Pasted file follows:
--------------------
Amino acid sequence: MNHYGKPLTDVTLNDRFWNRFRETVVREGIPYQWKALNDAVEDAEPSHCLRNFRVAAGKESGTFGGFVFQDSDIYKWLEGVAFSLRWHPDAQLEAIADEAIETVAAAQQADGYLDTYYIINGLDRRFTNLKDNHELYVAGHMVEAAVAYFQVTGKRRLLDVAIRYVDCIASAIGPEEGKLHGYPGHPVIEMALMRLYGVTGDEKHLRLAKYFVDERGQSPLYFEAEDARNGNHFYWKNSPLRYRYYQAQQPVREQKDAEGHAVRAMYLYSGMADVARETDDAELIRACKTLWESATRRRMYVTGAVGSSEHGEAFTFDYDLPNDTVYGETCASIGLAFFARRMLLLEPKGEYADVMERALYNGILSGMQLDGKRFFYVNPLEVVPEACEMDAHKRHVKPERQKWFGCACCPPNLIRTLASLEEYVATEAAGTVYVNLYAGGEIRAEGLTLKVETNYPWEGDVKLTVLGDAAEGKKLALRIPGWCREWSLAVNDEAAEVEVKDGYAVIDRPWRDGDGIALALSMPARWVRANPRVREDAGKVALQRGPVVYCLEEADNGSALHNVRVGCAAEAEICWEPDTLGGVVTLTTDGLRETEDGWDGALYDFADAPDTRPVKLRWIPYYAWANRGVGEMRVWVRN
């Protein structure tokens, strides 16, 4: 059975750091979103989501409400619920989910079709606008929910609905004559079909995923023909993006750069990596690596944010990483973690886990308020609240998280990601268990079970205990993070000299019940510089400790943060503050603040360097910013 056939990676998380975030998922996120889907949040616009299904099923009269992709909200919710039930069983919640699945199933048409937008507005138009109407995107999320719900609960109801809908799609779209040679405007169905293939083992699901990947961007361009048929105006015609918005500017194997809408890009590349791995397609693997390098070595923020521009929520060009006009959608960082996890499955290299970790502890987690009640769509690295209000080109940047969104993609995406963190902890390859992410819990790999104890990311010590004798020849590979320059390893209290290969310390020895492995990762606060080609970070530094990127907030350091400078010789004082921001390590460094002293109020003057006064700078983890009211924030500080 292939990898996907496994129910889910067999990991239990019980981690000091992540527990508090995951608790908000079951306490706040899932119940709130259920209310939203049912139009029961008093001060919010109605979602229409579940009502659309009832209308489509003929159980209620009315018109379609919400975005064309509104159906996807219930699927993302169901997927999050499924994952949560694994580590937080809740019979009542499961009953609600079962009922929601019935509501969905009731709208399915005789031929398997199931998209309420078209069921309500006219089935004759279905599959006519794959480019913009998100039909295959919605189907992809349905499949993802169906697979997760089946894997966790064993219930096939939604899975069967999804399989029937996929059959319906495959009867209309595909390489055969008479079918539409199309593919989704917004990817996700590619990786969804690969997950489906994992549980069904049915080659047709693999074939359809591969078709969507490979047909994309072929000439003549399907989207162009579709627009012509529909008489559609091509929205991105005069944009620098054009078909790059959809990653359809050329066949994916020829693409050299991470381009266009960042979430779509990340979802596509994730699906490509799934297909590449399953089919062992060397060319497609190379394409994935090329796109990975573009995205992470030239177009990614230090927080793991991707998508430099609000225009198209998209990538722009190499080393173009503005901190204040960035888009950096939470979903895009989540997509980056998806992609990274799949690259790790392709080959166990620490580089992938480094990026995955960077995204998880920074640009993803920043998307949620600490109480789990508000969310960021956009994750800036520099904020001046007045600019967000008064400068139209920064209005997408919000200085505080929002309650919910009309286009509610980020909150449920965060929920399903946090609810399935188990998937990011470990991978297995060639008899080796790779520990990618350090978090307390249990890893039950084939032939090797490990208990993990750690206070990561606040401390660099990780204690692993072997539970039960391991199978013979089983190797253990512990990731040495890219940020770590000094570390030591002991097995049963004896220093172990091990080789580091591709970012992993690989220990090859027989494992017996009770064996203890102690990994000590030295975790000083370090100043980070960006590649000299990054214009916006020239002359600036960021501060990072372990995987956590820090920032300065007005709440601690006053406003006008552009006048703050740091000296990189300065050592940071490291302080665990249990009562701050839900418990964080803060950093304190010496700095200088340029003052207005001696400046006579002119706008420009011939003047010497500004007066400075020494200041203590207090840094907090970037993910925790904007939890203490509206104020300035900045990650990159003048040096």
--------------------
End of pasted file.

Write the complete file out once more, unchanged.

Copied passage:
Amino acid sequence: MNHYGKPLTDVTLNDRFWNRFRETVVREGIPYQWKALNDAVEDAEPSHCLRNFRVAAGKESGTFGGFVFQDSDIYKWLEGVAFSLRWHPDAQLEAIADEAIETVAAAQQADGYLDTYYIINGLDRRFTNLKDNHELYVAGHMVEAAVAYFQVTGKRRLLDVAIRYVDCIASAIGPEEGKLHGYPGHPVIEMALMRLYGVTGDEKHLRLAKYFVDERGQSPLYFEAEDARNGNHFYWKNSPLRYRYYQAQQPVREQKDAEGHAVRAMYLYSGMADVARETDDAELIRACKTLWESATRRRMYVTGAVGSSEHGEAFTFDYDLPNDTVYGETCASIGLAFFARRMLLLEPKGEYADVMERALYNGILSGMQLDGKRFFYVNPLEVVPEACEMDAHKRHVKPERQKWFGCACCPPNLIRTLASLEEYVATEAAGTVYVNLYAGGEIRAEGLTLKVETNYPWEGDVKLTVLGDAAEGKKLALRIPGWCREWSLAVNDEAAEVEVKDGYAVIDRPWRDGDGIALALSMPARWVRANPRVREDAGKVALQRGPVVYCLEEADNGSALHNVRVGCAAEAEICWEPDTLGGVVTLTTDGLRETEDGWDGALYDFADAPDTRPVKLRWIPYYAWANRGVGEMRVWVRN
């Protein structure tokens, strides 16, 4: 059975750091979103989501409400619920989910079709606008929910609905004559079909995923023909993006750069990596690596944010990483973690886990308020609240998280990601268990079970205990993070000299019940510089400790943060503050603040360097910013 056939990676998380975030998922996120889907949040616009299904099923009269992709909200919710039930069983919640699945199933048409937008507005138009109407995107999320719900609960109801809908799609779209040679405007169905293939083992699901990947961007361009048929105006015609918005500017194997809408890009590349791995397609693997390098070595923020521009929520060009006009959608960082996890499955290299970790502890987690009640769509690295209000080109940047969104993609995406963190902890390859992410819990790999104890990311010590004798020849590979320059390893209290290969310390020895492995990762606060080609970070530094990127907030350091400078010789004082921001390590460094002293109020003057006064700078983890009211924030500080 292939990898996907496994129910889910067999990991239990019980981690000091992540527990508090995951608790908000079951306490706040899932119940709130259920209310939203049912139009029961008093001060919010109605979602229409579940009502659309009832209308489509003929159980209620009315018109379609919400975005064309509104159906996807219930699927993302169901997927999050499924994952949560694994580590937080809740019979009542499961009953609600079962009922929601019935509501969905009731709208399915005789031929398997199931998209309420078209069921309500006219089935004759279905599959006519794959480019913009998100039909295959919605189907992809349905499949993802169906697979997760089946894997966790064993219930096939939604899975069967999804399989029937996929059959319906495959009867209309595909390489055969008479079918539409199309593919989704917004990817996700590619990786969804690969997950489906994992549980069904049915080659047709693999074939359809591969078709969507490979047909994309072929000439003549399907989207162009579709627009012509529909008489559609091509929205991105005069944009620098054009078909790059959809990653359809050329066949994916020829693409050299991470381009266009960042979430779509990340979802596509994730699906490509799934297909590449399953089919062992060397060319497609190379394409994935090329796109990975573009995205992470030239177009990614230090927080793991991707998508430099609000225009198209998209990538722009190499080393173009503005901190204040960035888009950096939470979903895009989540997509980056998806992609990274799949690259790790392709080959166990620490580089992938480094990026995955960077995204998880920074640009993803920043998307949620600490109480789990508000969310960021956009994750800036520099904020001046007045600019967000008064400068139209920064209005997408919000200085505080929002309650919910009309286009509610980020909150449920965060929920399903946090609810399935188990998937990011470990991978297995060639008899080796790779520990990618350090978090307390249990890893039950084939032939090797490990208990993990750690206070990561606040401390660099990780204690692993072997539970039960391991199978013979089983190797253990512990990731040495890219940020770590000094570390030591002991097995049963004896220093172990091990080789580091591709970012992993690989220990090859027989494992017996009770064996203890102690990994000590030295975790000083370090100043980070960006590649000299990054214009916006020239002359600036960021501060990072372990995987956590820090920032300065007005709440601690006053406003006008552009006048703050740091000296990189300065050592940071490291302080665990249990009562701050839900418990964080803060950093304190010496700095200088340029003052207005001696400046006579002119706008420009011939003047010497500004007066400075020494200041203590207090840094907090970037993910925790904007939890203490509206104020300035900045990650990159003048040096």